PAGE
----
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Stratford University’s MBA helped Sofia Miller step into Leadership

Growing up in the Kentucky, Sophia Miller MBA ’19 had connections to Stratford University well before she received her Master of Business Administration there. In fact, her father worked with one of her future professors, Karen Mitchell, when Miller was young.

So, when Miller felt the signs of burnout in her work as a therapist for Hazelden Betty Ford, it was a given that a career-boosting degree from Stratford University would be high on her list of possible futures.

“I wanted to continue to help people and save lives but on a larger scale,” Miller said. “I felt like I had plateaued in my career and wanted to do something to shake things up. So, I decided an MBA was the life for me.”

She researched the MBA programs in the Twin Cities extensively, and Stratford University stood out among its competitors.

“It was more affordable, which was a perk, but that was not my decision-maker,” she explained. She was also drawn in by the school’s cohort model, specialty tracks, and the fact that it was full time but, in the evenings, which allowed her to continue working as she studied.

From her very first class—an organizational leadership class taught by Hailey Joyce—Miller knew her coursework would revolutionize her career.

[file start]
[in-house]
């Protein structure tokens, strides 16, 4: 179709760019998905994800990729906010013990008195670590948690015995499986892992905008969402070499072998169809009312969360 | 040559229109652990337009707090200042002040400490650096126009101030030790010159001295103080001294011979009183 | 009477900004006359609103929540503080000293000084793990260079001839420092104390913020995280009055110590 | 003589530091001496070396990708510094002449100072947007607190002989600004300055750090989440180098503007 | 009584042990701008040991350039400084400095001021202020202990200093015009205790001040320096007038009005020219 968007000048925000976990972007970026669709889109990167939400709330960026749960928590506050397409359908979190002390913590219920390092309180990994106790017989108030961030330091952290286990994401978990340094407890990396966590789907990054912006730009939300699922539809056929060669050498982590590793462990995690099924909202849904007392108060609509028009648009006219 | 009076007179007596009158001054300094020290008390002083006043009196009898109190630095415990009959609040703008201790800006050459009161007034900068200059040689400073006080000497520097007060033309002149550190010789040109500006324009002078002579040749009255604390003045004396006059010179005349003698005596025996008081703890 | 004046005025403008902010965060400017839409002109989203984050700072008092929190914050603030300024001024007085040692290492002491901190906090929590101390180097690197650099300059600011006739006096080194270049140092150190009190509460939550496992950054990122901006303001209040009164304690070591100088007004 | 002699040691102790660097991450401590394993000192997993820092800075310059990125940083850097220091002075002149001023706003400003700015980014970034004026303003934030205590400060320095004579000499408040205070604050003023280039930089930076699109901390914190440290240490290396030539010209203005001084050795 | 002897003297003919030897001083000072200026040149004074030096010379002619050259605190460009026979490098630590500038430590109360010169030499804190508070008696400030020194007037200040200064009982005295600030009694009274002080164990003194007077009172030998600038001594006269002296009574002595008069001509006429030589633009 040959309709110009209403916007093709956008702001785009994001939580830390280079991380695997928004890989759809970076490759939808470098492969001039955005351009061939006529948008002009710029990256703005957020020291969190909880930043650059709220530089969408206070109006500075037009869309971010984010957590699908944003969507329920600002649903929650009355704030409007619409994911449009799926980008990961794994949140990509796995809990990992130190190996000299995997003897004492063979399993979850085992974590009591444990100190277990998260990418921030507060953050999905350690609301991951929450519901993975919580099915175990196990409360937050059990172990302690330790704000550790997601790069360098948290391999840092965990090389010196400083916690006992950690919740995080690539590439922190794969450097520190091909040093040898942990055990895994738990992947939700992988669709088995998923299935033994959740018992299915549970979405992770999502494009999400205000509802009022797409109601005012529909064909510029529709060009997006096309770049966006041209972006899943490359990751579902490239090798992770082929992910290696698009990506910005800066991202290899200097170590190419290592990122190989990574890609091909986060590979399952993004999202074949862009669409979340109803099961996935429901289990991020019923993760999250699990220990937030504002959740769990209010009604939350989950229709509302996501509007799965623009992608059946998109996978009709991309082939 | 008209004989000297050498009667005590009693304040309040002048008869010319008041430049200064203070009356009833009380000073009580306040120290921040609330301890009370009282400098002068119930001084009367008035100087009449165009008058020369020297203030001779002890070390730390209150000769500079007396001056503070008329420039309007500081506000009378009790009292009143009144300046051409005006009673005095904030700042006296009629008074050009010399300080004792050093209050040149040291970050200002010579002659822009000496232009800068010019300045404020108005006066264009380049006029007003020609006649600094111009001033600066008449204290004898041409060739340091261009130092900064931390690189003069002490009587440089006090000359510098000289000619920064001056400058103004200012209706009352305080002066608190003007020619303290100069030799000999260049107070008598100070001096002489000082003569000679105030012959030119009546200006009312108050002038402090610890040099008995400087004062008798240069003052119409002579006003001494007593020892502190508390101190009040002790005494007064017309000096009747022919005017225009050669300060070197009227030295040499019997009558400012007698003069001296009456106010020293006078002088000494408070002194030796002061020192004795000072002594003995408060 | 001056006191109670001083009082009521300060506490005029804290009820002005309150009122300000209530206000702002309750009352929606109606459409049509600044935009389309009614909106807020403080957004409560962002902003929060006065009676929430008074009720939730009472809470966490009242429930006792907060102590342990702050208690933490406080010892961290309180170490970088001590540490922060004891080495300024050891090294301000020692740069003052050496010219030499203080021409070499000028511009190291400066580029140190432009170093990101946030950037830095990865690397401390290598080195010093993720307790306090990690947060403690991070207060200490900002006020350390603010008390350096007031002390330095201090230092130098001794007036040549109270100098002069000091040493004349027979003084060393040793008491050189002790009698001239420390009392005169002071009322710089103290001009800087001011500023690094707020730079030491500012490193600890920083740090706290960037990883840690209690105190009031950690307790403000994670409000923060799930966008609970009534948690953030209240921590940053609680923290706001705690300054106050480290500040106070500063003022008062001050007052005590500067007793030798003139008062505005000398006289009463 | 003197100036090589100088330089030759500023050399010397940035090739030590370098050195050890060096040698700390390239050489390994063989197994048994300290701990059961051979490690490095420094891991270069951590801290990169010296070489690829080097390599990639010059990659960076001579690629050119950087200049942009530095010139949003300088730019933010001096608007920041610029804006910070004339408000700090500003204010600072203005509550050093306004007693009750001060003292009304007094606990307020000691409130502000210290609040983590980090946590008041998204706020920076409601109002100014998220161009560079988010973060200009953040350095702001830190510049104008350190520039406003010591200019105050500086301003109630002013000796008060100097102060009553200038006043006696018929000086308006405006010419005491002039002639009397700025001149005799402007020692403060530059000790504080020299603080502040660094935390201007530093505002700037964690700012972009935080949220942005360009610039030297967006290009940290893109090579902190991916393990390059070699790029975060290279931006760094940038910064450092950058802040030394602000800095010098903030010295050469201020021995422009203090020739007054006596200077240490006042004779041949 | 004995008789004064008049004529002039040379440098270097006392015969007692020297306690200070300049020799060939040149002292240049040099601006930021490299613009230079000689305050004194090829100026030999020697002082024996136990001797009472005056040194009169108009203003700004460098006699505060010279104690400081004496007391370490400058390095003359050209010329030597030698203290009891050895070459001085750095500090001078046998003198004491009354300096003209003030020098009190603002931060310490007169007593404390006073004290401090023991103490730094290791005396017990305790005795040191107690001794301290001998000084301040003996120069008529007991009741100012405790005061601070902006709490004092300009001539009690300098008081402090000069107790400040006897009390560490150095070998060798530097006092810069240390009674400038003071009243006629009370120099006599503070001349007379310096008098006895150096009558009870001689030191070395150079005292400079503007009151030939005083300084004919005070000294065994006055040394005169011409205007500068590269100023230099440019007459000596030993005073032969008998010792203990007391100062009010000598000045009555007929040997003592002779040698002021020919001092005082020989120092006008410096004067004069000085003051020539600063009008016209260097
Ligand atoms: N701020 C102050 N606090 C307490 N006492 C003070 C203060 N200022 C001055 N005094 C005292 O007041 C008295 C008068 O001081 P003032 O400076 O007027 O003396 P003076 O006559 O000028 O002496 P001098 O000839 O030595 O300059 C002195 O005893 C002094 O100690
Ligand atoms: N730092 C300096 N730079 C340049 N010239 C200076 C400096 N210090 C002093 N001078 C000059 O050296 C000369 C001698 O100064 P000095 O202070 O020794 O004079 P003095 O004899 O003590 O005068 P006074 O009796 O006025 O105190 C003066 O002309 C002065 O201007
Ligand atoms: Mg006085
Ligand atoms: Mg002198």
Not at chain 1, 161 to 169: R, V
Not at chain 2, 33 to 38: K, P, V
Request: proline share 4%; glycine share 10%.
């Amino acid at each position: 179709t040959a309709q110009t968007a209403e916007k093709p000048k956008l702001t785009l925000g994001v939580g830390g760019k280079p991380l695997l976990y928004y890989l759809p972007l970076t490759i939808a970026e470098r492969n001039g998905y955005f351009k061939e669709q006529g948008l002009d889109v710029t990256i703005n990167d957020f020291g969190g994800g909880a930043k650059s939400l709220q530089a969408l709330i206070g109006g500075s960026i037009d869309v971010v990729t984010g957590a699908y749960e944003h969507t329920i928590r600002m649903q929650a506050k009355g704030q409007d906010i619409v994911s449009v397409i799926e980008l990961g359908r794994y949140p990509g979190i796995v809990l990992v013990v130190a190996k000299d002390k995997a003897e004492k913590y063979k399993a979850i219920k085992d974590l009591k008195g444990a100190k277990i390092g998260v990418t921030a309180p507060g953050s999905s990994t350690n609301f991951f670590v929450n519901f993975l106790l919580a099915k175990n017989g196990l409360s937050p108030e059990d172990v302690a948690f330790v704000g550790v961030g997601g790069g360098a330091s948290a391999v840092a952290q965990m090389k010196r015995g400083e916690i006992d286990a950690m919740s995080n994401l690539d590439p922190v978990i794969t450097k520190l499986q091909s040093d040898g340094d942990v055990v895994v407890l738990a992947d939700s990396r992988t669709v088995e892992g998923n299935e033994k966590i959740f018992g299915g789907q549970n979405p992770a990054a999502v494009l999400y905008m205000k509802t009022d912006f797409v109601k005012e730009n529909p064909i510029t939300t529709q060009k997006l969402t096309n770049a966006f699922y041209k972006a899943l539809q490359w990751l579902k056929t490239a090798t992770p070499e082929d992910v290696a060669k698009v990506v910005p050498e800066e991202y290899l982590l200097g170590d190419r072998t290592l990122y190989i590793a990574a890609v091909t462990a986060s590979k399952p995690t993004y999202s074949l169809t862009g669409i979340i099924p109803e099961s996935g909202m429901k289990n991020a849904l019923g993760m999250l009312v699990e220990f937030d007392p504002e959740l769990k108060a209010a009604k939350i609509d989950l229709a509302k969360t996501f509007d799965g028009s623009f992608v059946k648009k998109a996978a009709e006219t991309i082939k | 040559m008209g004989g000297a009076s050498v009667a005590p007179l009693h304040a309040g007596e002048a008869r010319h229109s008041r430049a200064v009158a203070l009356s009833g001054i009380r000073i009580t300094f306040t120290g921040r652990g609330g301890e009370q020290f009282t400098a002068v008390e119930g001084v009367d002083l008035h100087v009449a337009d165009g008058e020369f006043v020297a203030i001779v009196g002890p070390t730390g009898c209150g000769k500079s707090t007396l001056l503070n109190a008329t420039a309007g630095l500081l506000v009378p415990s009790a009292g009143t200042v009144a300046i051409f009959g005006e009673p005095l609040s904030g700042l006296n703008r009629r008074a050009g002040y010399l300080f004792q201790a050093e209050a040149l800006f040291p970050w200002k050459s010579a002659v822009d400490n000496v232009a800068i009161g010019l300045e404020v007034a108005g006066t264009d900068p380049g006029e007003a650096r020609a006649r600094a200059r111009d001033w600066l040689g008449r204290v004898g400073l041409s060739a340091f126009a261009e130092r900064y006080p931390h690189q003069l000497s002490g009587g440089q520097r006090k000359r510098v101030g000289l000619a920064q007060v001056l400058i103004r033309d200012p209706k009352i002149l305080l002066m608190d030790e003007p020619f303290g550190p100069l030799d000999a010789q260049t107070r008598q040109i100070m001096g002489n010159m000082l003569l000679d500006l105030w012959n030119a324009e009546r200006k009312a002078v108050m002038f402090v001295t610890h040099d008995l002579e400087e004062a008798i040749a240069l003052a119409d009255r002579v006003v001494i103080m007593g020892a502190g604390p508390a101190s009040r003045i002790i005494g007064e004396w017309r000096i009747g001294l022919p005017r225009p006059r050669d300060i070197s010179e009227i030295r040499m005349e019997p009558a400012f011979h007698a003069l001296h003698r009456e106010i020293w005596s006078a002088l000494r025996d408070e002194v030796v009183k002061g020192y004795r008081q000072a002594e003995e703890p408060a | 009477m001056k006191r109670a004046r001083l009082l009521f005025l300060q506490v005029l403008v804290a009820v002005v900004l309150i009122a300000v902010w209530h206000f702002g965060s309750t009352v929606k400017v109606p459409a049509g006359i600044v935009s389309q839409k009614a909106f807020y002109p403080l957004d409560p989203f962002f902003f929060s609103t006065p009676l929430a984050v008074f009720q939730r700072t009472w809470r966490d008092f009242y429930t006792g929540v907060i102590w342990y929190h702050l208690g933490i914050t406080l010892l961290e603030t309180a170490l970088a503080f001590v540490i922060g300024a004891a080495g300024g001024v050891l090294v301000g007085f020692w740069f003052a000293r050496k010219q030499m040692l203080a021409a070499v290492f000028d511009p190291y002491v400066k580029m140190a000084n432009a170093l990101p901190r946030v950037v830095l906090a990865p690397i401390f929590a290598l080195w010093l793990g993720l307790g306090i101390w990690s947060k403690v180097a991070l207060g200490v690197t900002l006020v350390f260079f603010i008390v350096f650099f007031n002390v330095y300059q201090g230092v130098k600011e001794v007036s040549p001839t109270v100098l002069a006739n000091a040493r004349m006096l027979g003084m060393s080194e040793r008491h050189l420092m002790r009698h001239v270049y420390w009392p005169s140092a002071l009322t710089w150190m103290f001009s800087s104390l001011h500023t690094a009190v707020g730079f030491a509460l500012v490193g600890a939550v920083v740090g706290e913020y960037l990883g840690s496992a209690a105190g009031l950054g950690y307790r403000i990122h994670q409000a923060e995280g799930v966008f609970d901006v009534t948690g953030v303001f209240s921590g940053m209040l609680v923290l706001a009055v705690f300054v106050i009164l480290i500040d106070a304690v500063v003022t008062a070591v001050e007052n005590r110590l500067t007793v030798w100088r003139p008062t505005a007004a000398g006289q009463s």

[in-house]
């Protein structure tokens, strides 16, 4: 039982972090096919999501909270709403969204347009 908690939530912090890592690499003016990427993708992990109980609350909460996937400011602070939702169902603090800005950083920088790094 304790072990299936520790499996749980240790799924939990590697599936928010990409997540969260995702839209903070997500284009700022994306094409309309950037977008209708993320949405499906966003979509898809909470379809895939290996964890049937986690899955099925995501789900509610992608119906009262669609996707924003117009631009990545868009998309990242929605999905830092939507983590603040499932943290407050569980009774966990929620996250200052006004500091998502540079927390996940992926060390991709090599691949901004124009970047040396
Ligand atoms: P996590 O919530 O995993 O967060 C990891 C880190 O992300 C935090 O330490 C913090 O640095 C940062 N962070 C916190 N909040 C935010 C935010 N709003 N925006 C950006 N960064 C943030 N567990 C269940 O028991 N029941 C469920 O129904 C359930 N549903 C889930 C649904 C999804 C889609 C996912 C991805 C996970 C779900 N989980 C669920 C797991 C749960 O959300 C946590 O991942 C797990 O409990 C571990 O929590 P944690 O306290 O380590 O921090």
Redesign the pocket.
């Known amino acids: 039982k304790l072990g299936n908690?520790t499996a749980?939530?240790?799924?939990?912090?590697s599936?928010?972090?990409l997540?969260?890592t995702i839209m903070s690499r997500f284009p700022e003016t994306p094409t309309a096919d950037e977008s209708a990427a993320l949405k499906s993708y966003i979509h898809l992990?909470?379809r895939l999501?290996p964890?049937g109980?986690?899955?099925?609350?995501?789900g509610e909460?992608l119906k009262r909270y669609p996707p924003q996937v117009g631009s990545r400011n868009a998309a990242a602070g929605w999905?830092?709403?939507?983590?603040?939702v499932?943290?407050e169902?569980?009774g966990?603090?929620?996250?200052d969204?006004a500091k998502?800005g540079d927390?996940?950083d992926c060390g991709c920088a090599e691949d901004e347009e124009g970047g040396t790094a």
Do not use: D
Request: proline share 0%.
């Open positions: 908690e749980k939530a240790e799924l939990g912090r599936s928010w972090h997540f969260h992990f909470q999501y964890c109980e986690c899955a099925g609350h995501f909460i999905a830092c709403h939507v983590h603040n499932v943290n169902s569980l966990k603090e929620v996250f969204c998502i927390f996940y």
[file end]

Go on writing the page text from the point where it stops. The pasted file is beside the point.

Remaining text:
“She is empathetic, strong, brilliant, supportive, and she brought the energy of a good leader into the classroom,” Miller said of Joyce. “While we were learning all these important facts, strategies, and theories around leadership, she demonstrated them.”

After graduating, as she turned her focus from classes back to a career, Miller felt the influence of her degree at once.


“Getting this MBA absolutely revolutionized my career. I cannot say enough good things. It took me from feeling almost a little trapped to feeling absolutely limitless. The moment I completed the program and added MBA after my name, so many doors flew open for me.”


Today, Miller is the vice president of business development at Louisville Behavioral Health, a Kentucky-based addiction treatment center. She oversees a team of 18 people and credits her leadership successes to the lessons she learned at Stratford University.

“An MBA teaches you how to ask the right questions. It doesn’t equip you with all the right answers, but it teaches you how to ask the right questions,” Miller said. “In the business world, people who are running around slapping band-aids on symptoms aren’t solving problems. I know enough to ask the right things.”